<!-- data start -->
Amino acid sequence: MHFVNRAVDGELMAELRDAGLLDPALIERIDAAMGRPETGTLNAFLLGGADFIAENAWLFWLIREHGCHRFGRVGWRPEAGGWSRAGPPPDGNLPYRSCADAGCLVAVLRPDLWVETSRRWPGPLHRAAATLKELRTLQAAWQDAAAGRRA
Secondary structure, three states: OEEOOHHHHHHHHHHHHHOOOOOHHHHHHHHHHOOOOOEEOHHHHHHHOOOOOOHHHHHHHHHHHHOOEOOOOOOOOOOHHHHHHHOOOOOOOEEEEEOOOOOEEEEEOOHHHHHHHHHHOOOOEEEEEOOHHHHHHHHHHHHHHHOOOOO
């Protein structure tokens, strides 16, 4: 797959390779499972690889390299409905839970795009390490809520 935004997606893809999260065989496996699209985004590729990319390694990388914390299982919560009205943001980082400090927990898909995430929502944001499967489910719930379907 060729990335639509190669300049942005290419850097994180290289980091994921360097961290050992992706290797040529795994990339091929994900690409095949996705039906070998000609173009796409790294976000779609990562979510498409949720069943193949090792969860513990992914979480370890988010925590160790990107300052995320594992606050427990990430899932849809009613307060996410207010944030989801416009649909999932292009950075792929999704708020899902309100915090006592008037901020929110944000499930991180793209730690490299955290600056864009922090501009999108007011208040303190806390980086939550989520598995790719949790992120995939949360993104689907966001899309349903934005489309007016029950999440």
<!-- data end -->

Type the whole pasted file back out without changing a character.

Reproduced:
Amino acid sequence: MHFVNRAVDGELMAELRDAGLLDPALIERIDAAMGRPETGTLNAFLLGGADFIAENAWLFWLIREHGCHRFGRVGWRPEAGGWSRAGPPPDGNLPYRSCADAGCLVAVLRPDLWVETSRRWPGPLHRAAATLKELRTLQAAWQDAAAGRRA
Secondary structure, three states: OEEOOHHHHHHHHHHHHHOOOOOHHHHHHHHHHOOOOOEEOHHHHHHHOOOOOOHHHHHHHHHHHHOOEOOOOOOOOOOHHHHHHHOOOOOOOEEEEEOOOOOEEEEEOOHHHHHHHHHHOOOOEEEEEOOHHHHHHHHHHHHHHHOOOOO
């Protein structure tokens, strides 16, 4: 797959390779499972690889390299409905839970795009390490809520 935004997606893809999260065989496996699209985004590729990319390694990388914390299982919560009205943001980082400090927990898909995430929502944001499967489910719930379907 060729990335639509190669300049942005290419850097994180290289980091994921360097961290050992992706290797040529795994990339091929994900690409095949996705039906070998000609173009796409790294976000779609990562979510498409949720069943193949090792969860513990992914979480370890988010925590160790990107300052995320594992606050427990990430899932849809009613307060996410207010944030989801416009649909999932292009950075792929999704708020899902309100915090006592008037901020929110944000499930991180793209730690490299955290600056864009922090501009999108007011208040303190806390980086939550989520598995790719949790992120995939949360993104689907966001899309349903934005489309007016029950999440």